I knew John spoke the Universal Language of Beatles. “So the basic formula is like, oh, ‘Ticket to Ride.’ Or ‘Day Tripper.’”

I might have been a little didactic. “Then, if you want, you can start with two verses. That gives you an option to have one or two verses after the first chorus. But you never put two verses after the first chorus unless you had two at the beginning. That screws with the formula.”

John was laughing and shaking his head in a way that meant he couldn’t believe I had bought into this seriously.

“Like ‘Yellow Submarine,’” I said. “Two verses, chorus, one verse, chorus, the farting around in a submarine during the bridge, verse chorus. Actually, the bridge is optional. I’ve heard publishers say, ‘Do you really need a bridge here? There’s no new information in it…’”

John was allowing me to continue.

“Then you’re supposed to make your chorus melody different from your verse melody. They want the chorus melody to be big and soaring for the singer to really, y’know, take it away. And then there’s the Lift.”

Some people call it the Pre-Chorus. Songs everybody knows have these, but most of us don’t notice, or at least don’t know it’s a distinct section with a name. I didn’t. I even used to write a lot of Lifts, which would vaguely annoy John and the bass player when teaching them new songs. John would call it “The Chuck Part.”

I think they thought I was being ornate.

The Lift comes in between the Verse and the Chorus and sort of builds tension, or “lifts” the singer into the chorus. Barbara Cloyd compares it to stretching out a rubber band that you’re going to let go when you hit the chorus. Using the Beatles, the best I can come up with on short notice is the part of “Got To Get You Into My Life” that goes, Oo, then I suddenly see you/Oo, did I tell you I need you/Every single day of my life.

It’s a little long for a lift. And, of course, Sir Paul would be asked by the publisher to work on his chorus. Make it longer. Maybe put a little more detail in there. I mean, it’s just shouting the name of the song and a saxophone riff, really, when it comes down to it.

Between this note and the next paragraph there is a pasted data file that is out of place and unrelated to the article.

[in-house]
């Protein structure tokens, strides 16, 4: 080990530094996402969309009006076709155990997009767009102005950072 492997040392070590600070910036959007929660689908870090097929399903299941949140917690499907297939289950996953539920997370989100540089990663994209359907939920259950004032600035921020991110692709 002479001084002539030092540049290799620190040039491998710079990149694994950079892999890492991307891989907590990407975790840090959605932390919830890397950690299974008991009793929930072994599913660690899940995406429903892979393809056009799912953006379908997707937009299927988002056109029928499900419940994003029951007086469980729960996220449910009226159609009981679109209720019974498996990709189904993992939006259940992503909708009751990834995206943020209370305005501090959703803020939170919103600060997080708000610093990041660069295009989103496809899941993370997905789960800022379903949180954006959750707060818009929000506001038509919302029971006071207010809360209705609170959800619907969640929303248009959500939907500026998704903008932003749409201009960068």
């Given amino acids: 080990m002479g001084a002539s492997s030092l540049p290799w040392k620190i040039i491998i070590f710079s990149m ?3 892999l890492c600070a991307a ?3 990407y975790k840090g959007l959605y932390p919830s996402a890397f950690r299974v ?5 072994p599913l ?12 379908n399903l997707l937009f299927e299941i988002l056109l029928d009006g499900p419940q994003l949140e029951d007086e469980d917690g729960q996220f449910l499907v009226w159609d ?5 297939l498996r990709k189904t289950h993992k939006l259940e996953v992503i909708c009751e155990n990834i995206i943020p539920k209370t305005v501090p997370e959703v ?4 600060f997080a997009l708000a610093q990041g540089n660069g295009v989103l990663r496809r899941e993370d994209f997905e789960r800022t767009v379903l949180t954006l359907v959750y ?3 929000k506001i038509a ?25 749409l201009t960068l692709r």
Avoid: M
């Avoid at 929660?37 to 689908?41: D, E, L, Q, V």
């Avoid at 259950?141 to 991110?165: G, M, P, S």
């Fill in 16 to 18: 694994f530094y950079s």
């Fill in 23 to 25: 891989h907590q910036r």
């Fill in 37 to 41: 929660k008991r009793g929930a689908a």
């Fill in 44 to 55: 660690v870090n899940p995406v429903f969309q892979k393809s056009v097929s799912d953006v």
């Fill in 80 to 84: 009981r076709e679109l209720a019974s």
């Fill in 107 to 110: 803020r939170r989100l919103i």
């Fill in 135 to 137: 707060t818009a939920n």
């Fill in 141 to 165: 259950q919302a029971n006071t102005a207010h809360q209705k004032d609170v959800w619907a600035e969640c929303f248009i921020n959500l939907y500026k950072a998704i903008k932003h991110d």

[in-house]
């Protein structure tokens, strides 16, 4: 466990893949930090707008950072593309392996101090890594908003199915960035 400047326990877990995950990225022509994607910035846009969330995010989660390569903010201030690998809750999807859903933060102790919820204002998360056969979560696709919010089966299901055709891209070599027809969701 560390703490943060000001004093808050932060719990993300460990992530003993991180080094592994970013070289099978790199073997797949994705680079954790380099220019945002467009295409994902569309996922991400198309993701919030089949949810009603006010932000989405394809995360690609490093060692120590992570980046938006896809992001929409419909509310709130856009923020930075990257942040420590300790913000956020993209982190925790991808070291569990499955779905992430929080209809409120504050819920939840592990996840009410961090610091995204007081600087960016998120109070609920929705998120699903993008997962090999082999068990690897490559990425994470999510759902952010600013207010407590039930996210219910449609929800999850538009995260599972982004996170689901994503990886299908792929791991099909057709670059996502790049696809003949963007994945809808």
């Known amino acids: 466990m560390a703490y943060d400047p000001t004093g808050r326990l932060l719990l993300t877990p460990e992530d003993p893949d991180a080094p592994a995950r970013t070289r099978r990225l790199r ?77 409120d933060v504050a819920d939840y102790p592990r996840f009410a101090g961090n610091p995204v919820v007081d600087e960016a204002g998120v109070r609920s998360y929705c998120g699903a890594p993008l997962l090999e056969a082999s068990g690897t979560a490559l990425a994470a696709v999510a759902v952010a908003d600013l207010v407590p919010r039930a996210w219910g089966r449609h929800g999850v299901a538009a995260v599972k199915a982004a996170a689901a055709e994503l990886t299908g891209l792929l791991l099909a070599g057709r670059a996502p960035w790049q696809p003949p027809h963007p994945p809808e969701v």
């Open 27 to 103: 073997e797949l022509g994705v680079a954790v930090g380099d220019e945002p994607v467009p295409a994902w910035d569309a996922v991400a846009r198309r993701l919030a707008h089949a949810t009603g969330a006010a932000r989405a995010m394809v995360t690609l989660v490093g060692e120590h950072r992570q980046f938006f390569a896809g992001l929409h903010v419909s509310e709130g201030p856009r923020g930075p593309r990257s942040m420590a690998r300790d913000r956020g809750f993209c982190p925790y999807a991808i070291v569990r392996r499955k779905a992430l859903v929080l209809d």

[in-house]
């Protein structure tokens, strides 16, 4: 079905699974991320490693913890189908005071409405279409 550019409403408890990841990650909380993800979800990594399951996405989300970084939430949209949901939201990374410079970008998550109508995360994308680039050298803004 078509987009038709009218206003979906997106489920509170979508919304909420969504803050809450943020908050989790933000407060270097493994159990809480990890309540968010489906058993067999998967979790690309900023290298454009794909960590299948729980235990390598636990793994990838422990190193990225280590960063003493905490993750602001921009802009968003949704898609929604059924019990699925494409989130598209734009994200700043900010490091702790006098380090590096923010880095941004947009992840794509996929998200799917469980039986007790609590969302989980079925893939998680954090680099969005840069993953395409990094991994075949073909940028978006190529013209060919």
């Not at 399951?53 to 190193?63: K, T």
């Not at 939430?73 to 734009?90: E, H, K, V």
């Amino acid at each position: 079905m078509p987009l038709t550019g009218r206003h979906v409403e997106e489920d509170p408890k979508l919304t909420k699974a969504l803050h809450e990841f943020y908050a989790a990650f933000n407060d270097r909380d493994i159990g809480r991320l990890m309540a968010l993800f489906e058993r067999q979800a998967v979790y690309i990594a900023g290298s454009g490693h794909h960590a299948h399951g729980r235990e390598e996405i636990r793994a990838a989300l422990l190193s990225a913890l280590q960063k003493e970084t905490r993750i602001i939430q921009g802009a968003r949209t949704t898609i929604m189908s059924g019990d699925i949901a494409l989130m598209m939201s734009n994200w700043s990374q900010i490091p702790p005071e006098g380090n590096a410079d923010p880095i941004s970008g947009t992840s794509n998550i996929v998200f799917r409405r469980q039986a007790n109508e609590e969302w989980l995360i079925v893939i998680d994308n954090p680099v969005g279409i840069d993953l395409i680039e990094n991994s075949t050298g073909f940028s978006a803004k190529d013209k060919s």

“You’re okay with all this, then?” John asked.

I guess I am.

The other form that’s generally acceptable, though less prized because it has no soaring chorus, is the “A A B A” form. The hook comes as the end line of each A section. It might show up at the end of the B section, but doesn’t have to. Most songs that are written with no thought of formula tend to be in this form. “Yesterday” is A A B A. “Back in the U.S.S.R.” is. “Girl” is. Most Bob Dylan songs are.

“What else,” I said, having trapped behind his steering wheel one of the few audiences in my life who could withstand this offloading of esoterica. “You also don’t want to start with the chorus, like ’Can’t Buy Me Love.’ That’s an old folksong form. You’re supposed to start with a colorful line, full of details, that grabs attention…”

I made John listen to some country music on whatever station we could find in Northern Indiana. He was clearly put off by most of it; he thought one of the songs was pretty good in a kind of corny way.

I let it drop.

John was always the opinion leader in the band. It was a democracy, mostly, but if he didn’t like something we didn’t do it. That was years ago, but once a relationship pattern is established, well, it’s a pattern. As the twigs are bent, so grow the band mates.

We turned the radio off and concentrated on not getting lost in Chicago.

Mr. Lowe had filled a large club. People were shouting out requests for his mostly unpopular pop songs. “Yes, oh yes,” he said with British dry wit. “There are so many, aren’t there. So many.”

At which point he strummed the opening to one of the tunes we’d come to hear.

Probably an A A B A.